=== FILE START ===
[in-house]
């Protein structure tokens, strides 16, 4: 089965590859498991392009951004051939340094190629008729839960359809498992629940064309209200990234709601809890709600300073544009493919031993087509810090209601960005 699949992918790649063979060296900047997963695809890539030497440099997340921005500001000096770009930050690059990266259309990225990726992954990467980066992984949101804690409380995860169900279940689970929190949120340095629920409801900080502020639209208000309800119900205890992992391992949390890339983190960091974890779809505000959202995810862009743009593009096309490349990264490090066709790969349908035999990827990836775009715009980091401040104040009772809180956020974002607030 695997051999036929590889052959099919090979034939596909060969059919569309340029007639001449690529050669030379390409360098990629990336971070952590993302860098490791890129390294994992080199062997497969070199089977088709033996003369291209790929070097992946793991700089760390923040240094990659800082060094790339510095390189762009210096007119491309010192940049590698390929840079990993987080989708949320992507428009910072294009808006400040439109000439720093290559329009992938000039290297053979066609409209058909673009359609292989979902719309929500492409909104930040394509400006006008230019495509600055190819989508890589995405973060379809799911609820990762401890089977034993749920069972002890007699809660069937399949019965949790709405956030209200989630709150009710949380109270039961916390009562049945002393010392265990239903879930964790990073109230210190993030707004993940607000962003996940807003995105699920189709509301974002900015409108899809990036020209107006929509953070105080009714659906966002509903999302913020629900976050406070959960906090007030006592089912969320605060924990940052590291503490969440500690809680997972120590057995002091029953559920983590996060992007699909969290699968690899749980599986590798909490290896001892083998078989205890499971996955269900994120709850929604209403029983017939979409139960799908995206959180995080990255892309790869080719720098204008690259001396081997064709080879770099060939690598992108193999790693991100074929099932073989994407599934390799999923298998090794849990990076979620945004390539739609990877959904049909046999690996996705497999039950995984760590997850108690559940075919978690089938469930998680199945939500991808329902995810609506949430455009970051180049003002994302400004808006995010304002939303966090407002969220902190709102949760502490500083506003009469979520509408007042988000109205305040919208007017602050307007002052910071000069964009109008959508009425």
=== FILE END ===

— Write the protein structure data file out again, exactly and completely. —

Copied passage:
[in-house]
């Protein structure tokens, strides 16, 4: 089965590859498991392009951004051939340094190629008729839960359809498992629940064309209200990234709601809890709600300073544009493919031993087509810090209601960005 699949992918790649063979060296900047997963695809890539030497440099997340921005500001000096770009930050690059990266259309990225990726992954990467980066992984949101804690409380995860169900279940689970929190949120340095629920409801900080502020639209208000309800119900205890992992391992949390890339983190960091974890779809505000959202995810862009743009593009096309490349990264490090066709790969349908035999990827990836775009715009980091401040104040009772809180956020974002607030 695997051999036929590889052959099919090979034939596909060969059919569309340029007639001449690529050669030379390409360098990629990336971070952590993302860098490791890129390294994992080199062997497969070199089977088709033996003369291209790929070097992946793991700089760390923040240094990659800082060094790339510095390189762009210096007119491309010192940049590698390929840079990993987080989708949320992507428009910072294009808006400040439109000439720093290559329009992938000039290297053979066609409209058909673009359609292989979902719309929500492409909104930040394509400006006008230019495509600055190819989508890589995405973060379809799911609820990762401890089977034993749920069972002890007699809660069937399949019965949790709405956030209200989630709150009710949380109270039961916390009562049945002393010392265990239903879930964790990073109230210190993030707004993940607000962003996940807003995105699920189709509301974002900015409108899809990036020209107006929509953070105080009714659906966002509903999302913020629900976050406070959960906090007030006592089912969320605060924990940052590291503490969440500690809680997972120590057995002091029953559920983590996060992007699909969290699968690899749980599986590798909490290896001892083998078989205890499971996955269900994120709850929604209403029983017939979409139960799908995206959180995080990255892309790869080719720098204008690259001396081997064709080879770099060939690598992108193999790693991100074929099932073989994407599934390799999923298998090794849990990076979620945004390539739609990877959904049909046999690996996705497999039950995984760590997850108690559940075919978690089938469930998680199945939500991808329902995810609506949430455009970051180049003002994302400004808006995010304002939303966090407002969220902190709102949760502490500083506003009469979520509408007042988000109205305040919208007017602050307007002052910071000069964009109008959508009425």